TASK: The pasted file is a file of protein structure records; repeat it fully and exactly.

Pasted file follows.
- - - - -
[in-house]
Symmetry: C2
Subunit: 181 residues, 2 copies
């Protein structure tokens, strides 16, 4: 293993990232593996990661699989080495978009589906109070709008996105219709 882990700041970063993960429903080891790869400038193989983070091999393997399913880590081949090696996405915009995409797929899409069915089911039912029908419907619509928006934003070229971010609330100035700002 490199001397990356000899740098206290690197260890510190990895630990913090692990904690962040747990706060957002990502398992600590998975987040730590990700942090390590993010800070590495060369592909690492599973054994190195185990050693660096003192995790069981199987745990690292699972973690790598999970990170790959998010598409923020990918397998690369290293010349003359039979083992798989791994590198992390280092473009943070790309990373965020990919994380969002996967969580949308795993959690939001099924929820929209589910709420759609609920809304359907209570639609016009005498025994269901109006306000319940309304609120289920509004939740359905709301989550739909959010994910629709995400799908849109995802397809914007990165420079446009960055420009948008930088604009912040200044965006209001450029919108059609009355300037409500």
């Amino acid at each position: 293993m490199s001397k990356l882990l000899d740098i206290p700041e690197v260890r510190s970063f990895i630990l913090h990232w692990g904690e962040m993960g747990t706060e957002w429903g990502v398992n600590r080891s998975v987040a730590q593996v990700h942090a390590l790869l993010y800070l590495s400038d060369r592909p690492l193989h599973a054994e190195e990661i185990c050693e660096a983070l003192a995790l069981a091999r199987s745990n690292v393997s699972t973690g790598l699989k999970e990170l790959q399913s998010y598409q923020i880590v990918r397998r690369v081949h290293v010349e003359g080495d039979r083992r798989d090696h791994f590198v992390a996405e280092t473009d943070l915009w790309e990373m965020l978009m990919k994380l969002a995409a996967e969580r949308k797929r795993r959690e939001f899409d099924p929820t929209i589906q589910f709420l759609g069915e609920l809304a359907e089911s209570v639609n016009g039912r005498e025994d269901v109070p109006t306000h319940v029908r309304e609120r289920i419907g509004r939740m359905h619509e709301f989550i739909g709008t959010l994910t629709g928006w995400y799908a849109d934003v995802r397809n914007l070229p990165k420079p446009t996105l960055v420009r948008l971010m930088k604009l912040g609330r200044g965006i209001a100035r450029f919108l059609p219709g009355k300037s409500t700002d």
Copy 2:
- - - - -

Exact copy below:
[in-house]
Symmetry: C2
Subunit: 181 residues, 2 copies
């Protein structure tokens, strides 16, 4: 293993990232593996990661699989080495978009589906109070709008996105219709 882990700041970063993960429903080891790869400038193989983070091999393997399913880590081949090696996405915009995409797929899409069915089911039912029908419907619509928006934003070229971010609330100035700002 490199001397990356000899740098206290690197260890510190990895630990913090692990904690962040747990706060957002990502398992600590998975987040730590990700942090390590993010800070590495060369592909690492599973054994190195185990050693660096003192995790069981199987745990690292699972973690790598999970990170790959998010598409923020990918397998690369290293010349003359039979083992798989791994590198992390280092473009943070790309990373965020990919994380969002996967969580949308795993959690939001099924929820929209589910709420759609609920809304359907209570639609016009005498025994269901109006306000319940309304609120289920509004939740359905709301989550739909959010994910629709995400799908849109995802397809914007990165420079446009960055420009948008930088604009912040200044965006209001450029919108059609009355300037409500």
């Amino acid at each position: 293993m490199s001397k990356l882990l000899d740098i206290p700041e690197v260890r510190s970063f990895i630990l913090h990232w692990g904690e962040m993960g747990t706060e957002w429903g990502v398992n600590r080891s998975v987040a730590q593996v990700h942090a390590l790869l993010y800070l590495s400038d060369r592909p690492l193989h599973a054994e190195e990661i185990c050693e660096a983070l003192a995790l069981a091999r199987s745990n690292v393997s699972t973690g790598l699989k999970e990170l790959q399913s998010y598409q923020i880590v990918r397998r690369v081949h290293v010349e003359g080495d039979r083992r798989d090696h791994f590198v992390a996405e280092t473009d943070l915009w790309e990373m965020l978009m990919k994380l969002a995409a996967e969580r949308k797929r795993r959690e939001f899409d099924p929820t929209i589906q589910f709420l759609g069915e609920l809304a359907e089911s209570v639609n016009g039912r005498e025994d269901v109070p109006t306000h319940v029908r309304e609120r289920i419907g509004r939740m359905h619509e709301f989550i739909g709008t959010l994910t629709g928006w995400y799908a849109d934003v995802r397809n914007l070229p990165k420079p446009t996105l960055v420009r948008l971010m930088k604009l912040g609330r200044g965006i209001a100035r450029f919108l059609p219709g009355k300037s409500t700002d």
Copy 2: